Scientists ‘prepare tools’ for bird flu pandemic

British scientists are building a new top-secret superlab in Porton Down with the aim of preparing for an eventual new pandemic.In this sense, they will be responsible for Vaccine prototype developed to tackle so-called ‘Disease X’they thought it might be H5N1 bird flu.

According to the World Health Organization (WHO), “Disease X represents the knowledge that: Severe international epidemic likely caused by currently unknown pathogen cause human disease”.

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For decades, Bird flu most likely to spark next pandemic, scientists warn. Along these lines, they highlight the threat of recombination, as high levels of human influenza increase the risk of human infection with avian influenza.

It is currently experiencing the largest outbreak of bird flu in history, raising concerns that it could spread to humans if it mutates. While there is no evidence yet that bird flu can spread from person to person, experts are concerned that the virus, which has been detected in mammals, easily evolved to attack humans.

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That is why leading scientists working at the site have confirmed that it is the only one in the UK with the capacity to develop a vaccine from start to finish. The tools needed to transmit the ‘H5N1’ bird flu virus to humans are being prepared. Fewer than 900 human cases of H5N1 have been reported worldwide, but the mortality rate is about 50%.

“We’re preparing the tools we need for the virus to spread from person to person,” he said. this paragraph Dr Bassam Hallis is Deputy Director, Porton Down, UK Health Security Agency (UKHSA). “We will absolutely step up our preparedness against H5N1. We have stepped up surveillance and tested people who may have been exposed to the virus. ’ added UKHSA Chief Scientific Officer Isabel Oliver.

Laboratory work and “100-day mission”

More than 200 scientists are working on more than 100 projects In a top-secret laboratory at Porton Down run by the British government. Its tasks include monitoring and developing vaccines against diseases such as tuberculosis and monkeypox. For example, the world’s first vaccine against Crimean-Congo hemorrhagic fever, a virus transmitted through tick bites, is undergoing its first clinical trials at the centre.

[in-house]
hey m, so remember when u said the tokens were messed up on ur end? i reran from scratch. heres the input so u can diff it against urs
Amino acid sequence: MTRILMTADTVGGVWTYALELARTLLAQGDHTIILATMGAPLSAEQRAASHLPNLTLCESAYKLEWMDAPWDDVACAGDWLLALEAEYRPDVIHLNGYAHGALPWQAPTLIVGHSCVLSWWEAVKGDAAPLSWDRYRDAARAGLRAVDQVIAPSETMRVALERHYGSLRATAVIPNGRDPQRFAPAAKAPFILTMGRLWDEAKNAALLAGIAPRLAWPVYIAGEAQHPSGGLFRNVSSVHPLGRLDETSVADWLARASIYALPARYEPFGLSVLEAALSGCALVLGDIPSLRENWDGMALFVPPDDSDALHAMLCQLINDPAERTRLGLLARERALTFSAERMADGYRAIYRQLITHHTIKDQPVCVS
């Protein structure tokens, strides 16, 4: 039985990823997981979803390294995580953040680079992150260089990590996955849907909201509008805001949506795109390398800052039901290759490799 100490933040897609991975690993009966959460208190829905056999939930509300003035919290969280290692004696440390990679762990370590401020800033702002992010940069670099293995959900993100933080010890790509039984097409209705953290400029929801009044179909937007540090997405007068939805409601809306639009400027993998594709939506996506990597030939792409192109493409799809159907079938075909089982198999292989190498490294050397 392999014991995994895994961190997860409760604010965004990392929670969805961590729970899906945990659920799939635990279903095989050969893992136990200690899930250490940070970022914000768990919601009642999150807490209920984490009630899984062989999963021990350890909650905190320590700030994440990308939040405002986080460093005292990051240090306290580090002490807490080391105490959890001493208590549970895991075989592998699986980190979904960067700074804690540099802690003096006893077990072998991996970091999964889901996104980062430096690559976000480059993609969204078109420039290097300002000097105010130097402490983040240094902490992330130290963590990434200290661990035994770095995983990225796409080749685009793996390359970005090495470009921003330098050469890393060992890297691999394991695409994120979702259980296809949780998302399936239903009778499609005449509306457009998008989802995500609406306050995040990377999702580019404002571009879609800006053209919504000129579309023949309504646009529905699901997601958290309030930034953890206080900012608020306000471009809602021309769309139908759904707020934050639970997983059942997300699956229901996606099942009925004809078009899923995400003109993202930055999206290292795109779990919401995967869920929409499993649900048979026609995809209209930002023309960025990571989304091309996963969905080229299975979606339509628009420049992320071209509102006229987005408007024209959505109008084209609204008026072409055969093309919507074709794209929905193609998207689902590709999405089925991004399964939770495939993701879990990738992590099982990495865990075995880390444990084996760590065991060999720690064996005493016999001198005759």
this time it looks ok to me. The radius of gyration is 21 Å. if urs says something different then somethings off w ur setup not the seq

The new facility will join the global ‘100 Days of Mission’ launched in 2021 during the UK’s G7 presidency.The idea is to do the scientific groundwork early, which should allow Effective vaccine developed within 100 days of new outbreakWhatever the pathogen.

“What we’re trying to do here is make sure we are ready“So if we have a new ‘disease X’, a new pathogen, we do most of the work as early as possible,” said UKHSA director Professor Dame Jenny Harries.

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Previous vaccines took five to ten years (to develop)For Covid, it’s not been 365 days, so 100 days is really an effort, but that’s what the Vaccine Center is designed to do,” Harris said. He also thinks the UK is “better prepared for another pandemic preparation”.

“We have to build and strengthen our capabilities during the pandemic. What we want to do now is maintain those capabilities, skills and experience,” Oliver said.But government resources are limited. We need to continue to work with external and academic partners to maintain the level of capacity we need,” he added.

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More than 200 scientists are working on more than 100 projects.

Thanks to advances in technology, The center can test 3,000 blood samples per week to monitor the spread of the virusHarris believes that if another pandemic is declared, it will have a huge impact on “decisions being made more quickly”. Beyond that, the researchers are optimistic about artificial intelligence (AI), as they believe it will help them “identify viral mutations and give us a faster way to repurpose antiviral drugs and therapies.”

On the other hand, scientists confirm that global migration is taking place As people and animals get closer, so do the threats. In addition, global warming creates the risk of vector-borne pathogens such as mosquitoes and ticks appearing in places never seen before, including in the UK.

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In this regard, Oliver said: “In recent decades, we have seen a large number of new infectious diseases. Nor suspect that a new epidemic will emerge in the near futureHe added: “We know that through scientific advances we can detect and contain these threats before they impact our lives.”

Health Secretary Steve Barclay said the center “strengthens the UK’s global standing through leadership in pandemic preparedness, vaccine development and scientific discovery”. “Hundreds of world-leading scientists are already at the center working on vaccines…to save lives around the world”he concluded.


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